When business executives hear the term "big data," they instinctively think of the enormous volumes of data that are currently available. This data is produced by e-commerce and omnichannel advertising systems, IoT-connected gadgets, or business apps that provide increasingly accurate data about transactions and activities. And these are only a few examples.
The sheer volume of information is frightening and, in some cases, even overwhelming. But analysing sizable big data collections can significantly benefit businesses. We'll discuss a number of these benefits in more detail below, but first, let's define our words precisely because there is more to this than just data volume.
Why Should Businesses Use Big Data?
Better Customer Insight
When attempting to comprehend its clientele, whether they are categorised or individual, a modern firm has a range of data sources to choose from. Clickstream research of e-commerce activity is particularly useful for understanding how customers navigate through a company's numerous web pages and menus to find products and services in an increasingly digital economy. Businesses can see which things people add to their carts but later remove or abandon without checking out; this provides important clues as to what consumers may want to buy, even if they don't.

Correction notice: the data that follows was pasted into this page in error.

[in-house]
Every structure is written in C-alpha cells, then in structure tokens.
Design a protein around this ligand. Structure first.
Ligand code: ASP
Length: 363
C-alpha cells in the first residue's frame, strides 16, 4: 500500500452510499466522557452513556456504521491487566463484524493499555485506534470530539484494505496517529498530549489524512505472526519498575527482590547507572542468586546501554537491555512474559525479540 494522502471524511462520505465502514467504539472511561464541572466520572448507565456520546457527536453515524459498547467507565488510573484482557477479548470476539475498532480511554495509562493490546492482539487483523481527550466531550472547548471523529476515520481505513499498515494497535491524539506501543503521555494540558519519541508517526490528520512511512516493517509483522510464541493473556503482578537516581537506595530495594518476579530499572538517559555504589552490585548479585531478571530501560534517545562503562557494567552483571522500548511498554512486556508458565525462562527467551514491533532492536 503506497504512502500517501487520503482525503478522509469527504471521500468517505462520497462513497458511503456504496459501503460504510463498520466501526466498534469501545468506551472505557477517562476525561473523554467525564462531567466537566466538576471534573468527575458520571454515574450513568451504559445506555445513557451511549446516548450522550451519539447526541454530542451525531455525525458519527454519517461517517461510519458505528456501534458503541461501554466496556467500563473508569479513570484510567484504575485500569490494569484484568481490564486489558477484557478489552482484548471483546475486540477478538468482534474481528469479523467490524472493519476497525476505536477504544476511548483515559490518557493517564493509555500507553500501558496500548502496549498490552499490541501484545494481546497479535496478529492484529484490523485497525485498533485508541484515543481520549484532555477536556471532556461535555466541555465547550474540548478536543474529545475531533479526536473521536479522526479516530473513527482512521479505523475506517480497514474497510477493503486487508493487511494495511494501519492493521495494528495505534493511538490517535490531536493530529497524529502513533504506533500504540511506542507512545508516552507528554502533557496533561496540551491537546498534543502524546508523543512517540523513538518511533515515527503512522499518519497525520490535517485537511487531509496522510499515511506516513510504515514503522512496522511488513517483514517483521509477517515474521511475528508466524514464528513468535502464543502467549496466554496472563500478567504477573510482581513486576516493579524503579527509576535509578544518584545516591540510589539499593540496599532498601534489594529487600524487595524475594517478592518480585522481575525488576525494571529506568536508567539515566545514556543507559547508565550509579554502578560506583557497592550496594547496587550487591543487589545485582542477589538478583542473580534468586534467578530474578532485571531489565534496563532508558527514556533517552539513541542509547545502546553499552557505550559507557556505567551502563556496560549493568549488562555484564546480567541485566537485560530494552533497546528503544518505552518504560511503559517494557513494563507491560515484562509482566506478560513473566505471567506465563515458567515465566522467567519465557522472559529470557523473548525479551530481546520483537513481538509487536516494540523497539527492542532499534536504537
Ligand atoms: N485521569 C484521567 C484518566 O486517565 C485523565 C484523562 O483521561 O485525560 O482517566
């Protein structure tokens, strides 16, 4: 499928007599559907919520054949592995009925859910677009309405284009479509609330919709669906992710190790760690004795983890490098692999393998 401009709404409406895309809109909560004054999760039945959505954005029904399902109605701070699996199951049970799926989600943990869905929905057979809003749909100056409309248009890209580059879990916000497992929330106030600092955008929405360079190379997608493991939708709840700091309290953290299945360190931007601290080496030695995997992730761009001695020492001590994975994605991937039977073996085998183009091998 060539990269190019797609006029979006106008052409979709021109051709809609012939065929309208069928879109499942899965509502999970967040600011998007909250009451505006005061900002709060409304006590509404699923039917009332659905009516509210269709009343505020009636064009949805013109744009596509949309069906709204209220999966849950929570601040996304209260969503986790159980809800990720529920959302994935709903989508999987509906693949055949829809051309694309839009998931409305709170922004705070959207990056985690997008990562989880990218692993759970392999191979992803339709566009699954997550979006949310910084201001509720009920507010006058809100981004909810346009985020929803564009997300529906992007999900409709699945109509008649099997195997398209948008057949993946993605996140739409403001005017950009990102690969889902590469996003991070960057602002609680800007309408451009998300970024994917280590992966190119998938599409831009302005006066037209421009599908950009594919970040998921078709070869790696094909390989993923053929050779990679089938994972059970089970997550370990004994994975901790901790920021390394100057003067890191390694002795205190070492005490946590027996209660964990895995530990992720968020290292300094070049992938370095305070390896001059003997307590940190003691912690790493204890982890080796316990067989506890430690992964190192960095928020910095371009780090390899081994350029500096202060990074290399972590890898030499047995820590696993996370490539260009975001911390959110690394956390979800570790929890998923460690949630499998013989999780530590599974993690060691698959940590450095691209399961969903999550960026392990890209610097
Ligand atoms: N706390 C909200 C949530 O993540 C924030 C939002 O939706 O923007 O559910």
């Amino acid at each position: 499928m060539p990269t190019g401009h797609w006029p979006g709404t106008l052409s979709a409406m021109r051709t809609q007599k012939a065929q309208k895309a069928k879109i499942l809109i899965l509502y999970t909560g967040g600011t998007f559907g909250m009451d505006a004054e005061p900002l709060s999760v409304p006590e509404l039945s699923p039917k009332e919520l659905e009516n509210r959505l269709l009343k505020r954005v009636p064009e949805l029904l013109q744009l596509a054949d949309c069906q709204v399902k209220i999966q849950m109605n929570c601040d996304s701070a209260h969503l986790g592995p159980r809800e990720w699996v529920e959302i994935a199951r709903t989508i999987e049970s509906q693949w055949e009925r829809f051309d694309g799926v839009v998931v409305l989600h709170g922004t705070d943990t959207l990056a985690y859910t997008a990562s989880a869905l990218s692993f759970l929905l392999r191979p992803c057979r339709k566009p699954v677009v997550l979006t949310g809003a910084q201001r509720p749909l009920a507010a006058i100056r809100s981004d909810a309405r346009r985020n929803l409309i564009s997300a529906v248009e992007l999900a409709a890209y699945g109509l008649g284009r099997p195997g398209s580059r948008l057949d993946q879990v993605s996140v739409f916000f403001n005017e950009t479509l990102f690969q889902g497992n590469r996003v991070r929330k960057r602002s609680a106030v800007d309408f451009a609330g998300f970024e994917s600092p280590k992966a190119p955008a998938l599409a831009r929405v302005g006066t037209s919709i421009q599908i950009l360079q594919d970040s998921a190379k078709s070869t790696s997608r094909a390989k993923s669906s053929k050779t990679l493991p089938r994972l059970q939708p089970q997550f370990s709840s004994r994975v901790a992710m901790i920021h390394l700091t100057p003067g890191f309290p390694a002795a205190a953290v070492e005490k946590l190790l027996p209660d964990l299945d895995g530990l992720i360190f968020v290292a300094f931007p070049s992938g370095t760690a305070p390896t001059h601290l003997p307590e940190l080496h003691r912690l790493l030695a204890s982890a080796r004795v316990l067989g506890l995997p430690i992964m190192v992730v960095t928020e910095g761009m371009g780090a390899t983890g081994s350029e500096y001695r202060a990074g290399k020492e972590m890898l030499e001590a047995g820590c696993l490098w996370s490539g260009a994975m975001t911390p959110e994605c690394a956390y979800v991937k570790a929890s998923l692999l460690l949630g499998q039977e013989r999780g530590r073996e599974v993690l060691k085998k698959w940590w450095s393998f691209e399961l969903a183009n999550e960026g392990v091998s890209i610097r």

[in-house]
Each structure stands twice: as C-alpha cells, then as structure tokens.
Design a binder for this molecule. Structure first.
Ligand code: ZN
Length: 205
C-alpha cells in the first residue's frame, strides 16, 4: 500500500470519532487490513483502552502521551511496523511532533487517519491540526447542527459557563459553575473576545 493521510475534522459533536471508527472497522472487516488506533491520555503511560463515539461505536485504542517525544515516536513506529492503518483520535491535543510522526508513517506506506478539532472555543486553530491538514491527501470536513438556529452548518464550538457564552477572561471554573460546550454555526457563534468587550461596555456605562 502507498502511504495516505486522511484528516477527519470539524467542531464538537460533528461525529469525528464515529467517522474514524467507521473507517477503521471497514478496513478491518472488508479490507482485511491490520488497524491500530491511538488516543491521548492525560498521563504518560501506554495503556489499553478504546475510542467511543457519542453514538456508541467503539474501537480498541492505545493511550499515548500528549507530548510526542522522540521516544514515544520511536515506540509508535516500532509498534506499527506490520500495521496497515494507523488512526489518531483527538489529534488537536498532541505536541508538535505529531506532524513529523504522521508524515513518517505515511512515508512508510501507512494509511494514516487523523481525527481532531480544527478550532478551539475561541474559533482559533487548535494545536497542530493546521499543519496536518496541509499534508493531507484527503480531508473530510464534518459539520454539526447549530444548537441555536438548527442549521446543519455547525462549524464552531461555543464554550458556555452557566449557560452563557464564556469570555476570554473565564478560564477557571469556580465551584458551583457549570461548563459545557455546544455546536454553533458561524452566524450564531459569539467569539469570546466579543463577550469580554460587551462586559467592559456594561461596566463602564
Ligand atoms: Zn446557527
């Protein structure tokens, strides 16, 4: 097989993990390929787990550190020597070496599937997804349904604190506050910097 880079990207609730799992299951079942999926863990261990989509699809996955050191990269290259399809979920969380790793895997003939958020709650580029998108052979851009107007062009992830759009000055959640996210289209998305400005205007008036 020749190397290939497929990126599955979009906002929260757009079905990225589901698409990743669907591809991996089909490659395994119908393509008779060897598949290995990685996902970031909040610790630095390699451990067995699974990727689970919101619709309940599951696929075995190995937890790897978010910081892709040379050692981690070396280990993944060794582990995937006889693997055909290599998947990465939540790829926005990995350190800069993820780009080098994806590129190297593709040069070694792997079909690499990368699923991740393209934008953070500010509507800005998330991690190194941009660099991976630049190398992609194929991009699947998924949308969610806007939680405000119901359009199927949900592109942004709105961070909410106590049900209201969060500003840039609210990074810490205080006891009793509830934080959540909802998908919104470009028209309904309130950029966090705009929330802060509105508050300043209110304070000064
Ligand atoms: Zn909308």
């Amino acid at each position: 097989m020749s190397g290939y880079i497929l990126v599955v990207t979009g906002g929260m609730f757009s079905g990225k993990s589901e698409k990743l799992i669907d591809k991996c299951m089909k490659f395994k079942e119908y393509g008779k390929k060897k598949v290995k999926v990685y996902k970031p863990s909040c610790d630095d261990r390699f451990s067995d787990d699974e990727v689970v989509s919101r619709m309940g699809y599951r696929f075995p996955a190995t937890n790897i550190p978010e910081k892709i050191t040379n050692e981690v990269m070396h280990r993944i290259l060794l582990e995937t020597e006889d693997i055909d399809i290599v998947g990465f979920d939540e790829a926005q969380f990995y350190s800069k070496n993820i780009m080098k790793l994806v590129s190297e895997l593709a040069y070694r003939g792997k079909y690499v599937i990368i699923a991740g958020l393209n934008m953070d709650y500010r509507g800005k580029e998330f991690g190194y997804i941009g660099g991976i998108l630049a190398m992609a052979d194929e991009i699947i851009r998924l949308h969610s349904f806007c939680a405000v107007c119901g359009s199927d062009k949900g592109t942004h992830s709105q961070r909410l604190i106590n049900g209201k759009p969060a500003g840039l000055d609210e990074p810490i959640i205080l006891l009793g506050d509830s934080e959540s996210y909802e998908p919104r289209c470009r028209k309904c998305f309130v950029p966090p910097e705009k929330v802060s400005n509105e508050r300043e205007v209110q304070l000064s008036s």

Increased market intelligence
Big data can help us gain a deeper and broader understanding of market dynamics as well as help us analyse customers' intricate purchase patterns in greater detail.
Just a few of the market segments for which social media is a typical source of market information are breakfast cereal and vacation packages. For almost every form of business transaction, you can imagine, people share their preferences, experiences, suggestions, and even photos. Yes, even of their breakfast fare. These accumulated perspectives are invaluable to marketers.
Big data can aid in both the development of new products and the analysis of the competition, for instance, by giving different client preferences priority.
Agile supply chain management